Tottenham must be wary of Arsenal's '08 fall
On Friday, it will be 10 years since one of the most significant 'Sliding Doors' moments of Arsene Wenger's Arsenal career.
What if Eduardo's foot had been out of the ground so that his leg went flying into the air rather than smashing into pieces after Martin Taylor's tackle? What if Gael Clichy had cleared the ball instead of waiting and allowing Stuart Parnaby to close in? What if Mike Dean had spotted Clichy actually got a bit of the ball and not given a penalty that allowed James McFadden to score and Birmingham to earn a 2-2 draw?
It would have been Arsenal's fifth consecutive league win and put them five points clear of Manchester United with 11 games to go. Instead, they went three clear, drew three and lost one of their next four games and finished four points off top spot. They haven't been as close since.
Two weeks after the Birmingham result, they became the first English team to beat AC Milan at the San Siro when they knocked the holders out of the Champions League; both league and European displays were all the more remarkable given how history has judged that team.
The Milan side they defeated had Paolo Maldini, Alessandro Nesta, Andrea Pirlo, Kaka and Filipo Inzaghi; Chelsea, who finished second in the league, had Petr Cech, Ricardo Carvalho, John Terry, Ashley Cole, Michael Essien and Didier Drogba; United had arguably their best team in the Premier League era including Edwin van der Sar, Patrice Evra, Nemanja Vidic, Rio Ferdinand, Paul Scholes, Ryan Giggs, Wayne Rooney, Cristiano Ronaldo and Carlos Tevez.
By comparison, Arsenal's starting XI against Birmingham was Manuel Almunia, Bacary Sagna, William Gallas, Philippe Senderos, Gael Clichy, Theo Walcott, Cesc Fabregas, Mathieu Flamini, Alexander Hleb, Eduardo and Emmanuel Adebayor, with Gilberto Silva, Denilson and Nicklas Bendtner coming off the bench.
In Milan, the team included Emmanuel Eboue and Abou Diaby, with Robin van Persie on the bench and Kolo Toure out injured.
Ten years from now, it seems unlikely that many will look back on the current Tottenham players and view them the same way as the 2008 Arsenal team look with 2018 eyes.
Dele Alli seems destined for greater things than being the next Walcott, while Harry Kane (below) already has four more Premier League goals than Adebayor, yet for all the deserved praise lavished on Spurs in the past few weeks, they are still not even at the level of the Arsenal team of 2008.
They finished third and second in the last two seasons but haven't yet experienced the pressure of being leaders under which Arsenal crumpled a decade ago.
Had Arsene Wenger held on to one or two more of the players who had gone unbeaten four seasons earlier, their experience might have helped them pick up more than the three points they did against Aston Villa, Wigan and Middlesbrough in the three games post-Birmingham. That was eight points gone in a league they lost by four.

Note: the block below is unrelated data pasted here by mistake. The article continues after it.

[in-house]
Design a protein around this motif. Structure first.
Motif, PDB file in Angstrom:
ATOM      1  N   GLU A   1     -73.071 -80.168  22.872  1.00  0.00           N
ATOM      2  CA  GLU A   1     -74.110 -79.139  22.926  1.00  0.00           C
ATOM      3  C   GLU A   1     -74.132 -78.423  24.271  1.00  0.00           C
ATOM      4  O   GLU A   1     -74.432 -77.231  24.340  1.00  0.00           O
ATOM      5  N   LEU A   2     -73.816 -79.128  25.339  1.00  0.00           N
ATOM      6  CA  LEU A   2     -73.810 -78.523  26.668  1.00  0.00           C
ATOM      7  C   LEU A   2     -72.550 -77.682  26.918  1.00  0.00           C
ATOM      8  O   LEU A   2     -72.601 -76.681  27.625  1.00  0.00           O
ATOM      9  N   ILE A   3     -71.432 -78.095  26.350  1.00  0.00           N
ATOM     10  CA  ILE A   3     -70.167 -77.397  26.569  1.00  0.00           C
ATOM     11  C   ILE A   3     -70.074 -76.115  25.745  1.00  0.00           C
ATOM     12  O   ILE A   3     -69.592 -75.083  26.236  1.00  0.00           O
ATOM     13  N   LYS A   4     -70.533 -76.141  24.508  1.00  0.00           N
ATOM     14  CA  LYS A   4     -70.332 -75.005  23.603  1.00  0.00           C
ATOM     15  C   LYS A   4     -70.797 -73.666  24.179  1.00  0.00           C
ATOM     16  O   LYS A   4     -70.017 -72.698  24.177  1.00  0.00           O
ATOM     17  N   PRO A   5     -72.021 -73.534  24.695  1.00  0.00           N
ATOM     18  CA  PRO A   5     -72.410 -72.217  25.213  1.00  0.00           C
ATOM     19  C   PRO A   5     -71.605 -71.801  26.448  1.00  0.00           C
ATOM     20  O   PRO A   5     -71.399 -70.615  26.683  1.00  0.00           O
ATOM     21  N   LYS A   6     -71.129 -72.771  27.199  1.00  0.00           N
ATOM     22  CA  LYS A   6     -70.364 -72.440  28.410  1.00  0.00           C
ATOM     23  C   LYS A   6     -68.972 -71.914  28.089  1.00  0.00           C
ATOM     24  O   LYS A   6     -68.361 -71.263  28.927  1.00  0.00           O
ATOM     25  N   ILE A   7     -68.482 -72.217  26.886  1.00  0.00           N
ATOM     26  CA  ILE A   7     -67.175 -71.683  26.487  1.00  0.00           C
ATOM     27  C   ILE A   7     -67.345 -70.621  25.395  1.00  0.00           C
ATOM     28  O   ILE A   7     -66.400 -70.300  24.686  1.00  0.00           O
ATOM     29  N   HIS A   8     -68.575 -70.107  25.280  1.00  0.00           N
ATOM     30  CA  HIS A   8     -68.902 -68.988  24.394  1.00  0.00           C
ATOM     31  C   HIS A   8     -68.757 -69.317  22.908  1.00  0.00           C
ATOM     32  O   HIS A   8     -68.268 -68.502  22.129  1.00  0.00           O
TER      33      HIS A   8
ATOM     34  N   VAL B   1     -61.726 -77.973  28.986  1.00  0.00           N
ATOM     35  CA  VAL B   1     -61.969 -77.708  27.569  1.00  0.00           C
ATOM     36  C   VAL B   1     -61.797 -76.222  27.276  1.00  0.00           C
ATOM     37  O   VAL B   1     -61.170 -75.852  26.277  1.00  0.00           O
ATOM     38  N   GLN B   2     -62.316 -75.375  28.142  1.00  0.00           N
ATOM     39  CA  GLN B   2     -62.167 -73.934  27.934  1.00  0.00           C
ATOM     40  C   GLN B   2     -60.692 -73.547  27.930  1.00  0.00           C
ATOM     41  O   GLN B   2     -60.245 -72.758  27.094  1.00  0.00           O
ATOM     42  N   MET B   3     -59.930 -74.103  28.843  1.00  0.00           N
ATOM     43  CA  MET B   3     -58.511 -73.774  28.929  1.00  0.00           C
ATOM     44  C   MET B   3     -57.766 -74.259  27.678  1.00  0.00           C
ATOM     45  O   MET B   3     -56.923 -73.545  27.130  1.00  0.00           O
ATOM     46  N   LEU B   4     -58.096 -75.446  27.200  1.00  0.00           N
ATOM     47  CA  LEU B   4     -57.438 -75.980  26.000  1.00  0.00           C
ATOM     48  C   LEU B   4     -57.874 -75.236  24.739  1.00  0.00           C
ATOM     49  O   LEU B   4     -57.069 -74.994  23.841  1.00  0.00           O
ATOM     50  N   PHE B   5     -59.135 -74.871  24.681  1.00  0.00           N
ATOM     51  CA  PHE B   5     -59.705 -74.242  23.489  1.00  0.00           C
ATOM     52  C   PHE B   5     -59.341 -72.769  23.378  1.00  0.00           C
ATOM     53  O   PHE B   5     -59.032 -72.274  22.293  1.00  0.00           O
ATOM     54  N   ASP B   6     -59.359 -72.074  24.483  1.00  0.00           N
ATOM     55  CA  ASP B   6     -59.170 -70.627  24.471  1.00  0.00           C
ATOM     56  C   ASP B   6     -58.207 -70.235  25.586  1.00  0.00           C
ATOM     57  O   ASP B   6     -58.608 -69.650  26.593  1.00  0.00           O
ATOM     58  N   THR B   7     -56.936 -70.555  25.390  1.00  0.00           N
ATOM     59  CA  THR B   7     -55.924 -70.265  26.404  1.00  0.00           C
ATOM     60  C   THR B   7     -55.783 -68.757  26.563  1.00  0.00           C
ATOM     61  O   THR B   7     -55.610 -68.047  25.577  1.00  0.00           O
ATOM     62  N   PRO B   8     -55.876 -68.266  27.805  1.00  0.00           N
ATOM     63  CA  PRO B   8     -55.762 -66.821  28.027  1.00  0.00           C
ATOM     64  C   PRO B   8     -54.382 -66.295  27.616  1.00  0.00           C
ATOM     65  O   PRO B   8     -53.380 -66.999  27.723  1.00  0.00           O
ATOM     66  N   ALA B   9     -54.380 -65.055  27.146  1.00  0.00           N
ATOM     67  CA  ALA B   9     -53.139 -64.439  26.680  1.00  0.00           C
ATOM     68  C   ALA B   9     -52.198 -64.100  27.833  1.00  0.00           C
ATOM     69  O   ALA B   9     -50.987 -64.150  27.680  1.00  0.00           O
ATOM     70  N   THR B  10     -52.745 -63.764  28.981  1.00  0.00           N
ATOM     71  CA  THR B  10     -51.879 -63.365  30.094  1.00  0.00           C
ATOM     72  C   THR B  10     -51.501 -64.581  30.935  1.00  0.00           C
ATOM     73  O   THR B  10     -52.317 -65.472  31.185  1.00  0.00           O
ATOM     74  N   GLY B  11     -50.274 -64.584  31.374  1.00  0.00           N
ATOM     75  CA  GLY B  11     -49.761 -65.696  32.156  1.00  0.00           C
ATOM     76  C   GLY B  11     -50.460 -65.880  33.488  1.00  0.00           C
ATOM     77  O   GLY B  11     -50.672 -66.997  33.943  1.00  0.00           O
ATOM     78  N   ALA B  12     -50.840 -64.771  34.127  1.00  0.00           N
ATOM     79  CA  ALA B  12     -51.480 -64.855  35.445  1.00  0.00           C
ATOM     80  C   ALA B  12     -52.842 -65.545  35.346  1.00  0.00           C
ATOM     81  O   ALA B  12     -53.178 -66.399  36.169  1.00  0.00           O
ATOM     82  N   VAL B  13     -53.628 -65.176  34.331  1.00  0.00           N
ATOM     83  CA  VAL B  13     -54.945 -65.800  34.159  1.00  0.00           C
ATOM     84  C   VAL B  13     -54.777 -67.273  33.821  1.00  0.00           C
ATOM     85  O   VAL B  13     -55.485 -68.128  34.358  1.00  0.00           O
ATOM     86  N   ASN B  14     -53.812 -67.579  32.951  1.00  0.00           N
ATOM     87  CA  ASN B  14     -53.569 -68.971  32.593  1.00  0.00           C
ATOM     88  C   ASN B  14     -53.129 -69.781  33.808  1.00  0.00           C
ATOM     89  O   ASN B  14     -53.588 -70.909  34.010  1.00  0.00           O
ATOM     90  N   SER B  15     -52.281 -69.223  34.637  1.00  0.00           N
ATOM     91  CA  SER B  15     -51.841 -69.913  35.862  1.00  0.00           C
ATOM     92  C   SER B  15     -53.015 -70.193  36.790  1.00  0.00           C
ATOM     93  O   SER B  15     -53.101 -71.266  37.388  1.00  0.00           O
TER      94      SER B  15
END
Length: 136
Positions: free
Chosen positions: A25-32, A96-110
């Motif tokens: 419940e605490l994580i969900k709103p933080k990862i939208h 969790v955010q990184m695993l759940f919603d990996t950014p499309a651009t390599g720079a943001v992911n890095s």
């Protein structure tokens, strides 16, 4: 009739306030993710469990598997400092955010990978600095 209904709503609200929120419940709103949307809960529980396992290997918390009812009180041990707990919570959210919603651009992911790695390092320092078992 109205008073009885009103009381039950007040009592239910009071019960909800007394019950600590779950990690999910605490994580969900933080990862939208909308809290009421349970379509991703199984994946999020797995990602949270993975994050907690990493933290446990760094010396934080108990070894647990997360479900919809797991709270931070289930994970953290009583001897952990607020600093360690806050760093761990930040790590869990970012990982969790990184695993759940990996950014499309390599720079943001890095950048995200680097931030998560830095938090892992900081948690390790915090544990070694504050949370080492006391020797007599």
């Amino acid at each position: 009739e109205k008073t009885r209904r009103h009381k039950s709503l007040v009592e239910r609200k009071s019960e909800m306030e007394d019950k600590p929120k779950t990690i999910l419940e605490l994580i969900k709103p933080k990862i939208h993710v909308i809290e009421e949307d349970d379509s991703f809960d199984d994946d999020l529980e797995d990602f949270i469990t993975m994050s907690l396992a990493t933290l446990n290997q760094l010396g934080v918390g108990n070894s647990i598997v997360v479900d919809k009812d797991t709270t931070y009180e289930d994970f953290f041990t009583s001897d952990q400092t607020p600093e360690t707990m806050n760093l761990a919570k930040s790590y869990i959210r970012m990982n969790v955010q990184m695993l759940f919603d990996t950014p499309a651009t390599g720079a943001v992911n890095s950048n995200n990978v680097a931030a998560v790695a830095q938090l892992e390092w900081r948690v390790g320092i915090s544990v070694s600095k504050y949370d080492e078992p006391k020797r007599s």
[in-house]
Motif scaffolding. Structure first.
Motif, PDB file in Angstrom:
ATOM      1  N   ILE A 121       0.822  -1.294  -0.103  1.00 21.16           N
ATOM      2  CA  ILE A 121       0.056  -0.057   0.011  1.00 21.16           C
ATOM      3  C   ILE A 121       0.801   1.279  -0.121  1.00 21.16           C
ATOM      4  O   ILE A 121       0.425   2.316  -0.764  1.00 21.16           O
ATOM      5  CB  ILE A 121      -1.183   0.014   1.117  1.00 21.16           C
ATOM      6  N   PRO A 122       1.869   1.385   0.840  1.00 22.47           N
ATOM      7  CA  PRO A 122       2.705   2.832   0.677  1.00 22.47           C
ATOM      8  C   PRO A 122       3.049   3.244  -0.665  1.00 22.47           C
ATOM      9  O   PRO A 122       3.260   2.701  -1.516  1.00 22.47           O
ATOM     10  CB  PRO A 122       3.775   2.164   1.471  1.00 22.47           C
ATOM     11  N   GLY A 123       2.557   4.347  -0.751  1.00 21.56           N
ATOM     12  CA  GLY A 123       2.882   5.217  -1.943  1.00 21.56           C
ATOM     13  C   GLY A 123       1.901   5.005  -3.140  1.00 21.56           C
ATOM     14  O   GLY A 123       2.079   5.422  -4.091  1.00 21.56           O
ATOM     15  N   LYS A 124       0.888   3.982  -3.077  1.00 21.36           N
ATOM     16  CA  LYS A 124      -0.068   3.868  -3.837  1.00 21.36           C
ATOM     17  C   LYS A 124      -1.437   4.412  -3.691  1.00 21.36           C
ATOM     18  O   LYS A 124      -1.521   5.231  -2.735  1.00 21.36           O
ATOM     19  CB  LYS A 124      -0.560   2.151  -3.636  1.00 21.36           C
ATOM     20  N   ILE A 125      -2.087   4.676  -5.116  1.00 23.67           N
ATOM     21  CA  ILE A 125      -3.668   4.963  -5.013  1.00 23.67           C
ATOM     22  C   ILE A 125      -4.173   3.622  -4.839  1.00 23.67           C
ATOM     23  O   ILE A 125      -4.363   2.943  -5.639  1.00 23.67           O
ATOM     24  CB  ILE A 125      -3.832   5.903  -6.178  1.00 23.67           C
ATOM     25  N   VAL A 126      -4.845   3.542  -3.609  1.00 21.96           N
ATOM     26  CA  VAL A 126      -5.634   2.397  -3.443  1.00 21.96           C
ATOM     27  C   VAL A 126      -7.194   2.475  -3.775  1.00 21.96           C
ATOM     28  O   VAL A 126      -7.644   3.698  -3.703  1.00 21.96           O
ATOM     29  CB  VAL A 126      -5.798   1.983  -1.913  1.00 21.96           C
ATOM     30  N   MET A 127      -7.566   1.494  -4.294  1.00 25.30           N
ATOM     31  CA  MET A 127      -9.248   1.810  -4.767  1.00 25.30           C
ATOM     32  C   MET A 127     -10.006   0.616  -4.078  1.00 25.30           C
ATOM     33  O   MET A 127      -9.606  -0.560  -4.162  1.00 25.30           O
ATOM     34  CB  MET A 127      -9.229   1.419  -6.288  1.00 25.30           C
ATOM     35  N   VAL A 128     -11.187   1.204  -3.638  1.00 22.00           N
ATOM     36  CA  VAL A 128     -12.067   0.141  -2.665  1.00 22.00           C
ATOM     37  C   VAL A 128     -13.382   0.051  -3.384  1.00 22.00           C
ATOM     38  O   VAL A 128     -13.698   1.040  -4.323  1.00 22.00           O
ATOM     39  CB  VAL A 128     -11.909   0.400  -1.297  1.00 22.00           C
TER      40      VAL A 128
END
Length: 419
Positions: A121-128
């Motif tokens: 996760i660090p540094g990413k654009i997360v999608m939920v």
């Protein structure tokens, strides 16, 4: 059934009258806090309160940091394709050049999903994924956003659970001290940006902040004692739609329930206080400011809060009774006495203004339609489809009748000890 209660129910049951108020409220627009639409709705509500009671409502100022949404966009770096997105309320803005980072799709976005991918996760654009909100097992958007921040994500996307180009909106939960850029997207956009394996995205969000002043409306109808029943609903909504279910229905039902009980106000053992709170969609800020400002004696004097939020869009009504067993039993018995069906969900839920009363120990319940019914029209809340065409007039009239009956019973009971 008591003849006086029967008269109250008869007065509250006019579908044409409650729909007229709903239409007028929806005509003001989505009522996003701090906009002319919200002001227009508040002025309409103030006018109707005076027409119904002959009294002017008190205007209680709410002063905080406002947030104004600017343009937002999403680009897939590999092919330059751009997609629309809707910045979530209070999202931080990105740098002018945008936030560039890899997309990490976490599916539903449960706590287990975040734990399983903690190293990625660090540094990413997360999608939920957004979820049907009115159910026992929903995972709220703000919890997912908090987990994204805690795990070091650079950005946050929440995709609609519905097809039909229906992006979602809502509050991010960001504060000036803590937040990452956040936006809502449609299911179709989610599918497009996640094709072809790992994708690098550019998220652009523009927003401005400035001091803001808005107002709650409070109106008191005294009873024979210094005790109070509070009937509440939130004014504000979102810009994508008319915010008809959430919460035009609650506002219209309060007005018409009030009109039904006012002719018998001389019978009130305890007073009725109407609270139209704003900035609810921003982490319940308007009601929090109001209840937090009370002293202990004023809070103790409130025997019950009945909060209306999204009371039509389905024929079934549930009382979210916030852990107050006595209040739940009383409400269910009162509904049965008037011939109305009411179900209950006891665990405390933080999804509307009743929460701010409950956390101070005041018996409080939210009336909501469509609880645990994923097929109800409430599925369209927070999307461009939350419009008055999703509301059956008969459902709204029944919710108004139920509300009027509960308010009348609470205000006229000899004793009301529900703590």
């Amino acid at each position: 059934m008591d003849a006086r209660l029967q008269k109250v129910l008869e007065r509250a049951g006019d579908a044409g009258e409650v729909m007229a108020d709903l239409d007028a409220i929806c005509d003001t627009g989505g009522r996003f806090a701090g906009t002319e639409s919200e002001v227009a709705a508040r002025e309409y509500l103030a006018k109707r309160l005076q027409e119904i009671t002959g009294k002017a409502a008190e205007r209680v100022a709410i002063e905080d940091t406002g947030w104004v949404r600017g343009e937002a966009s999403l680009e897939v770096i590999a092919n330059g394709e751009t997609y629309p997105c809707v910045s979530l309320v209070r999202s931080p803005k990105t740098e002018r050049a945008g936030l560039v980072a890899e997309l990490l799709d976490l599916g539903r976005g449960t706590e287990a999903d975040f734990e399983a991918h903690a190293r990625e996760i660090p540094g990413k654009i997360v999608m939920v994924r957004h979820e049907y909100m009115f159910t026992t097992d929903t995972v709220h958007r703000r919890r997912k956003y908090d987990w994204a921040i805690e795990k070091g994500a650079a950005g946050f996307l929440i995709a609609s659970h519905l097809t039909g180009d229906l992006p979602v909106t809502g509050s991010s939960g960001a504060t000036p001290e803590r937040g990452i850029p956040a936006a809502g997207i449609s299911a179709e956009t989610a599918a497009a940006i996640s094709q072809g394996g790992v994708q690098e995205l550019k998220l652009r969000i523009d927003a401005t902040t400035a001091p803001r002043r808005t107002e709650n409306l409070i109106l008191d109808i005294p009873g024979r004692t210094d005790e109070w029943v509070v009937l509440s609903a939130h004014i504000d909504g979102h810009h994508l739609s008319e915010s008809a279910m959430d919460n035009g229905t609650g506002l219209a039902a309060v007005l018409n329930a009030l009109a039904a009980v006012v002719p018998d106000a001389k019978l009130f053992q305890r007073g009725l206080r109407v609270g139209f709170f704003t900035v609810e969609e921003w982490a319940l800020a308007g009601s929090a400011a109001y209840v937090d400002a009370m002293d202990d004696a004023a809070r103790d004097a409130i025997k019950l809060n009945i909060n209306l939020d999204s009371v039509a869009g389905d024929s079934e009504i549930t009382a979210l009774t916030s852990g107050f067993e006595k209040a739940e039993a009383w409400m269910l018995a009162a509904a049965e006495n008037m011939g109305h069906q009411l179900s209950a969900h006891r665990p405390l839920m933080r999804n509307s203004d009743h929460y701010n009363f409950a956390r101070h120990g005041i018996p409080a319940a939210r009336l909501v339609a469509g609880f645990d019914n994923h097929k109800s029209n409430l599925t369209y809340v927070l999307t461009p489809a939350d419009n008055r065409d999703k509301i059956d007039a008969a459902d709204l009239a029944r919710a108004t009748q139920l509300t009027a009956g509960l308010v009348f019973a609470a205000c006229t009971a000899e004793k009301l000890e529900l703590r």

From the move a new stadium to being every neutral's favourite team, there are either comparisons or coincidences between Spurs of 2018 and Arsenal 2008, but Spurs now need to flourish despite the lack of experience in winning trophies which, ultimately, was what cost that Arsenal group.
Mauricio Pochettino is correct to argue that reaching the last 16 of the Champions League and finishing top four in the Premier League is more difficult than winning the FA Cup - Wenger used to say the same before he started winning FA Cups again - but there must be signs of progress on or off the field if the team is to stay together.
Their performance in Turin was superb and, just as Milan were in 2008, Juventus seem primed to be conquered by a younger, hungrier, faster team; Spurs are favourites to go through when they play in two weeks' time. That in itself creates expectation pressure which, if they can cope with it, will be every bit as significant as reaching the last eight of the Champions League.
Given the runs they put together to even get in the hunt for the league in the past two seasons, it was ridiculous to argue that Spurs "bottled it" but even allowing for them being weaker than their rivals in terms of finances, at some point, a team has to move from showing they can compete at the highest level to winning at the highest level.
If the Arsenal team of a decade ago proved anything, it's that punching above your weight becomes tiring without serious reinforcements.
In the summer of 2008, even with a dreadful goalkeeper and mediocre back four, Arsenal's two significant summer signings were Samir Nasri and Mikael Silvestre.
United spent £30m on Dimitar Berbatov and won the league again, while Sheikh Mansour bought Manchester City and spent almost £122m in two transfer windows. From four points behind in 2008, Arsenal were 18 behind in '09, and the closest they have got since is eighth.
Tottenham have finished 11 and seven points behind the champions in the last two seasons, and while City are skewing matters this time, the reality is that Spurs are currently fifth, albeit with a decent run-in that should see them in the Champions League again next year.
As Rooney put it recently, Kane's priorities will soon change from scoring goals to winning trophies, while a few others at White Hart Lane - just as they did at Arsenal - might look at significantly worse players earning significantly more and decide that losing money for the sake of the cause isn't a price worth paying.
Given the breath of fresh air Spurs have been, anyone who loves football will hope that scenario doesn't materialise but, as their bitter rivals showed a decade ago, the time between showing potential and building it into something more meaningful can disappear quickly.
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